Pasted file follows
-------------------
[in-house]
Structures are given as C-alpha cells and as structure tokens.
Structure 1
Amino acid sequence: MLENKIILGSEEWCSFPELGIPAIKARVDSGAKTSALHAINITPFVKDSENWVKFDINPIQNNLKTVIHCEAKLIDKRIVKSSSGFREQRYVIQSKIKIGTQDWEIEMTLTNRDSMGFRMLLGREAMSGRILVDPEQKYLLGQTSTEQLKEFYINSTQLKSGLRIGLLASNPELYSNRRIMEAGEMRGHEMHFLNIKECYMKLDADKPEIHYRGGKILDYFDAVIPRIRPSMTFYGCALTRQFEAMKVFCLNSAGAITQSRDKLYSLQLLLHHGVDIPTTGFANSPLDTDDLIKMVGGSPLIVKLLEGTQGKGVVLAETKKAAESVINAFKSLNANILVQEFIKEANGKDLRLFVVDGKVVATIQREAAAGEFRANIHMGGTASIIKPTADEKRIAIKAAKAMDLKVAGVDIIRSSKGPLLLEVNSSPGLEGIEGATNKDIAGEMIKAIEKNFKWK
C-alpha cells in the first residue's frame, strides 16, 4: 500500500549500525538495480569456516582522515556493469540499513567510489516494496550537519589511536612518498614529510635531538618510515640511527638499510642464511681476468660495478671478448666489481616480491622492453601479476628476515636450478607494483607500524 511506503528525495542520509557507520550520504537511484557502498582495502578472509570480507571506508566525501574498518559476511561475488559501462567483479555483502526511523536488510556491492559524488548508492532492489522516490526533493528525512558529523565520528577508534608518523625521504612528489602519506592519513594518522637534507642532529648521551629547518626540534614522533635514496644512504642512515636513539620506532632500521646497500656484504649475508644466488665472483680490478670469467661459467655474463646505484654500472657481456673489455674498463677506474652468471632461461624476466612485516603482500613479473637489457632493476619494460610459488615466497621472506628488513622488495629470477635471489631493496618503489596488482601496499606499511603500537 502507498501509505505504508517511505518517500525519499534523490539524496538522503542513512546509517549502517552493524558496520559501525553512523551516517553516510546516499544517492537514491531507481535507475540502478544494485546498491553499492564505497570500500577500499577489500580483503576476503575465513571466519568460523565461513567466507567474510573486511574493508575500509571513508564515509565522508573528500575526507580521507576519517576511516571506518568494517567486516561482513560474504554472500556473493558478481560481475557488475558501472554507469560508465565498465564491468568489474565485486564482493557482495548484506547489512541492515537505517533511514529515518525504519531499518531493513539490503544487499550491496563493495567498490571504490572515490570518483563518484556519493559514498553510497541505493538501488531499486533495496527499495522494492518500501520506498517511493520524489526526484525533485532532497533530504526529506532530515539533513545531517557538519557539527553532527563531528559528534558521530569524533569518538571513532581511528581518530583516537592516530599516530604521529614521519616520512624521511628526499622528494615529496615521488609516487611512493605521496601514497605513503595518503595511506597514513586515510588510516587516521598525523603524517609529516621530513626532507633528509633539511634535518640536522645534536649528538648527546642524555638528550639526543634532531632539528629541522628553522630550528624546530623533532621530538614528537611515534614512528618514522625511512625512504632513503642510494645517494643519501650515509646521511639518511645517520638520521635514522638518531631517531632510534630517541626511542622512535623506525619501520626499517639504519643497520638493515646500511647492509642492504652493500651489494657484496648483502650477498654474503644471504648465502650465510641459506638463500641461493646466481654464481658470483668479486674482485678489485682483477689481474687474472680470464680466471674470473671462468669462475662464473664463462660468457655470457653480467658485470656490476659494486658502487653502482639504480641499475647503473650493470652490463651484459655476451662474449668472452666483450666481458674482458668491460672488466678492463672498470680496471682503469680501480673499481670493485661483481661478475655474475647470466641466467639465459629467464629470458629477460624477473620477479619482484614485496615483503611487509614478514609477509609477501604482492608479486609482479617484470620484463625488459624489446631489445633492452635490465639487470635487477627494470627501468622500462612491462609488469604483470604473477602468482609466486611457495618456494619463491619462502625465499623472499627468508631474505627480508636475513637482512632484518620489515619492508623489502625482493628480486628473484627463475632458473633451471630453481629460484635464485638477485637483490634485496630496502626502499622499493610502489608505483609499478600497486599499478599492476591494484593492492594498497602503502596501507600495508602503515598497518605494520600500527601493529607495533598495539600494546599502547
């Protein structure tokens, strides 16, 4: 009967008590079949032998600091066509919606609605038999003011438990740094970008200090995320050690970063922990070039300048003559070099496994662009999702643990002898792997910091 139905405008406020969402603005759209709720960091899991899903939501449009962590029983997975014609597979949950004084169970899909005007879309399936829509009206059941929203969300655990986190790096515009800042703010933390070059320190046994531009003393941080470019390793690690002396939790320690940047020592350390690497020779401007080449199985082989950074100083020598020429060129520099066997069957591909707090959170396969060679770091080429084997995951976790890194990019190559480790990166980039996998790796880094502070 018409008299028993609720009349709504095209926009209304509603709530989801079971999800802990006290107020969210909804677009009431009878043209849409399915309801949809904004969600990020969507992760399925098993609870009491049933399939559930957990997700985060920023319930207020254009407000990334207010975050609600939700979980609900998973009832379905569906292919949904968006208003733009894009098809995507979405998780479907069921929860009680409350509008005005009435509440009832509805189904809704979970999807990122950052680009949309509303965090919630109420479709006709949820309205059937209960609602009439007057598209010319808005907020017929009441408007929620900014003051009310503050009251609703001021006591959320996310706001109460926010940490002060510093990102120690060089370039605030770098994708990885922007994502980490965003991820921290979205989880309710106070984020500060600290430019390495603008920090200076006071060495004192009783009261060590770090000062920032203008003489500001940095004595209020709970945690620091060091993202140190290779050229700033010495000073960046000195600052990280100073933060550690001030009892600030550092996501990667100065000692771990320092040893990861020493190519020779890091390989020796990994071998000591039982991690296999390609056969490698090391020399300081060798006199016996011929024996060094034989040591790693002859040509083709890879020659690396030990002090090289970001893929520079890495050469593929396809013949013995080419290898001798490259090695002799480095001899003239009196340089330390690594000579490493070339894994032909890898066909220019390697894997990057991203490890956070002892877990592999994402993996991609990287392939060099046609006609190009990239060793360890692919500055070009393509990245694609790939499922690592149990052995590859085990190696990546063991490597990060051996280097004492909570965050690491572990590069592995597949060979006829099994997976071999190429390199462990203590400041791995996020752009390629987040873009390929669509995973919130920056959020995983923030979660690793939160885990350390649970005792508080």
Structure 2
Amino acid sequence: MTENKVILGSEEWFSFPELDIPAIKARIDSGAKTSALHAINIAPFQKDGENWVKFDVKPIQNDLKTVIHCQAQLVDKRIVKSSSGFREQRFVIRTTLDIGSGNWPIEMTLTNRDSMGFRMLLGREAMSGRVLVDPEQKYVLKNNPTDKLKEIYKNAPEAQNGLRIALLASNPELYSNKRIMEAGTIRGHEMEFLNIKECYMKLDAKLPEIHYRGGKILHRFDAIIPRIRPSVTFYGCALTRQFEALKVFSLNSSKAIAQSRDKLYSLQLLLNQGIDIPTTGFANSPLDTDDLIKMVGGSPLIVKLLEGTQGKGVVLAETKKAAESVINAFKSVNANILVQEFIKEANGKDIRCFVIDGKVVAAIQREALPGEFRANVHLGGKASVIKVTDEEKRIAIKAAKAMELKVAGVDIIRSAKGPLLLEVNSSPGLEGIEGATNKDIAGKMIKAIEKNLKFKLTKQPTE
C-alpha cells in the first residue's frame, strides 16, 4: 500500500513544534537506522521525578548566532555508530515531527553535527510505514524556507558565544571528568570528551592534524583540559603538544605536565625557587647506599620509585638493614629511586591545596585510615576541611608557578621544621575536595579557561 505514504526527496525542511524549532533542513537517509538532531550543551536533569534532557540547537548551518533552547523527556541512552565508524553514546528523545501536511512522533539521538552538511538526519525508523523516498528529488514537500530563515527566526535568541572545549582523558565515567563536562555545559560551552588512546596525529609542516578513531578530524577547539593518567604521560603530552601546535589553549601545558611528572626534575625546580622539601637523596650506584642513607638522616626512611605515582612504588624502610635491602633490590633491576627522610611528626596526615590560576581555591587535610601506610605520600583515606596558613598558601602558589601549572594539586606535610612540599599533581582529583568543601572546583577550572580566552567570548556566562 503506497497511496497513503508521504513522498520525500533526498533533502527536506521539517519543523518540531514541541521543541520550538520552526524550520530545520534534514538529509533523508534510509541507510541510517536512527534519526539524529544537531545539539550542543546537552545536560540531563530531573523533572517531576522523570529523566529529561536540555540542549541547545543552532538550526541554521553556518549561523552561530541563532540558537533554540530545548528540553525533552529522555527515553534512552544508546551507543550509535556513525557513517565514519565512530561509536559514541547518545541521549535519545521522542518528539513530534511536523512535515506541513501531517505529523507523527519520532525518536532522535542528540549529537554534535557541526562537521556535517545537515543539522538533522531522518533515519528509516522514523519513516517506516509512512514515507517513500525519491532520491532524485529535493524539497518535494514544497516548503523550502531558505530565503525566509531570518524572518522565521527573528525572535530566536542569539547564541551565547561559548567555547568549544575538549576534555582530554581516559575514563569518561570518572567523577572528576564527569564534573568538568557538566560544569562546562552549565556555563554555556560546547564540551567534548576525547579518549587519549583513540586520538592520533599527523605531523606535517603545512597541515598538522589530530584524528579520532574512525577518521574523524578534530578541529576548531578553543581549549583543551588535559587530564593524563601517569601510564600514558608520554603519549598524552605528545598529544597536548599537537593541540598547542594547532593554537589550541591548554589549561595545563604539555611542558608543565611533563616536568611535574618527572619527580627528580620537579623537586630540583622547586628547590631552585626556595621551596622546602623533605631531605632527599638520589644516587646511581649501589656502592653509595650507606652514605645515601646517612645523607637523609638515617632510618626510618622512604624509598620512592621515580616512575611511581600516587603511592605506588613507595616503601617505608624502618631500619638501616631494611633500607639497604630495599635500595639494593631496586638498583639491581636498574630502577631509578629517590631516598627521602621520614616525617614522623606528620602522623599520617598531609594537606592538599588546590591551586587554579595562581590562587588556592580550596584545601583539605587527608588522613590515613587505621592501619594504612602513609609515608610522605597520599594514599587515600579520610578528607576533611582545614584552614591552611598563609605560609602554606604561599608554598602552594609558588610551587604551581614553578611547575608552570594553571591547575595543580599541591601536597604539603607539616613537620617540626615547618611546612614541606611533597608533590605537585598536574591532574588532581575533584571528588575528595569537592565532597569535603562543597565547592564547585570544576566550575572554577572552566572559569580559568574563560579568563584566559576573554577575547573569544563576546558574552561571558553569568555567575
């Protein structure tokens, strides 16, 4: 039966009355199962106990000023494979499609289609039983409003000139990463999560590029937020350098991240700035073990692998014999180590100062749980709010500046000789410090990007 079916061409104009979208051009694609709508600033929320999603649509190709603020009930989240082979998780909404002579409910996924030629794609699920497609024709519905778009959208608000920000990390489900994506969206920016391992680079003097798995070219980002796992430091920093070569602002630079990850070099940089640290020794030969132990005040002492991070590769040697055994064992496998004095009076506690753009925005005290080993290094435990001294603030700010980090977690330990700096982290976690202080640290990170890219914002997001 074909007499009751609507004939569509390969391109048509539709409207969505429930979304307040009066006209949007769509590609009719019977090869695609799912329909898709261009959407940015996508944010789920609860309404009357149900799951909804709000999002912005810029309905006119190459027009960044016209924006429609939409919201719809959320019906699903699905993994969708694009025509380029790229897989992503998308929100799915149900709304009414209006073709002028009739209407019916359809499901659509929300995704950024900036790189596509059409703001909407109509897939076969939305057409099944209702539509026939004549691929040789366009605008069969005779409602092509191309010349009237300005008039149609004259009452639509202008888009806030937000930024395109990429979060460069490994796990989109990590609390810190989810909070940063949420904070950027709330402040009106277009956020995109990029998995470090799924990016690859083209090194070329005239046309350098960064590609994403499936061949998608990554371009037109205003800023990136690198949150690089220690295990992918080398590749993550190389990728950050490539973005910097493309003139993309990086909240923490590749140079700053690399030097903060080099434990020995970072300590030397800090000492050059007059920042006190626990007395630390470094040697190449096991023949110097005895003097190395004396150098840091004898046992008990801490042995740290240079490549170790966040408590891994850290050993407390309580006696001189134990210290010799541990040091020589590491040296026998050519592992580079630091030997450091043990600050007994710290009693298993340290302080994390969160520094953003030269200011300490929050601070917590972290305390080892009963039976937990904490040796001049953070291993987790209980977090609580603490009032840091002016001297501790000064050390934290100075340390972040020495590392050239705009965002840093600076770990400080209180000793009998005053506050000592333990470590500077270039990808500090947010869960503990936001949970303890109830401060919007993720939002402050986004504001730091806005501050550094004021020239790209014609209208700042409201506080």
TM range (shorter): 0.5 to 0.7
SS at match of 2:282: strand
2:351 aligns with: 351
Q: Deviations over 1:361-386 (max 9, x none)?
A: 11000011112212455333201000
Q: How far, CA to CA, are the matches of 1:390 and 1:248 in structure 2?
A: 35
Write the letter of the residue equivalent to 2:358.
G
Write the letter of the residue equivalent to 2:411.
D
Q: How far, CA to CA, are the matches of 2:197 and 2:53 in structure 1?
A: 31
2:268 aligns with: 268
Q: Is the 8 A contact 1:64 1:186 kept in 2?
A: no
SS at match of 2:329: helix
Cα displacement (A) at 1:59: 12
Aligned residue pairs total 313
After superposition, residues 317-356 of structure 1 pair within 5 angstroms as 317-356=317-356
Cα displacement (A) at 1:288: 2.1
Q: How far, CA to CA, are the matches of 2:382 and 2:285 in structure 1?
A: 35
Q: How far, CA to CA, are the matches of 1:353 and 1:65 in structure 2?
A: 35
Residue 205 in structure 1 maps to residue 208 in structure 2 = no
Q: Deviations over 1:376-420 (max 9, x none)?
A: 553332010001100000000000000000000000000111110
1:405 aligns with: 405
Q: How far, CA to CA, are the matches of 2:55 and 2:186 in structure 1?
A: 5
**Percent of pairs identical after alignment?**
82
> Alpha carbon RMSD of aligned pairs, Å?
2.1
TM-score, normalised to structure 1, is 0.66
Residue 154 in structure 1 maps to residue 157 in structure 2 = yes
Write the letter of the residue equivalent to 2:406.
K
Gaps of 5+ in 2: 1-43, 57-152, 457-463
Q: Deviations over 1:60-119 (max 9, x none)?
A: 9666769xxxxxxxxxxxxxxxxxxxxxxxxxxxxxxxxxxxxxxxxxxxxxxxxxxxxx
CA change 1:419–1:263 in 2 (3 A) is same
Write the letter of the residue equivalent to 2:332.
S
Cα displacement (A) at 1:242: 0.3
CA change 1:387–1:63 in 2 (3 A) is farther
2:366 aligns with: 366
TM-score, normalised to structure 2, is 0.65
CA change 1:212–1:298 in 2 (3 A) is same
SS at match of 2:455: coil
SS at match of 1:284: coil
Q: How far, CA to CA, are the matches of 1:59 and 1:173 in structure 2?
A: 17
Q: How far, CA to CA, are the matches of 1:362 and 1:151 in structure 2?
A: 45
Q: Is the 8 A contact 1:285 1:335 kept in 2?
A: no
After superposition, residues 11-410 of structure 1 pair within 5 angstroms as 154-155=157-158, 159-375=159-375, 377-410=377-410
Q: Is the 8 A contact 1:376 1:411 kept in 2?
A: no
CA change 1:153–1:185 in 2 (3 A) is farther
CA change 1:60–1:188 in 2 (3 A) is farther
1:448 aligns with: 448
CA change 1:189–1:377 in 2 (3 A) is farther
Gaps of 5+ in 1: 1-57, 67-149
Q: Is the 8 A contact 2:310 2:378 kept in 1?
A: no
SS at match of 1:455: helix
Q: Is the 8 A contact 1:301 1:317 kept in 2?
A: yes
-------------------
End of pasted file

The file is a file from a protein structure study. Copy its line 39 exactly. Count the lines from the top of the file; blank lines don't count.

1:405 aligns with: 405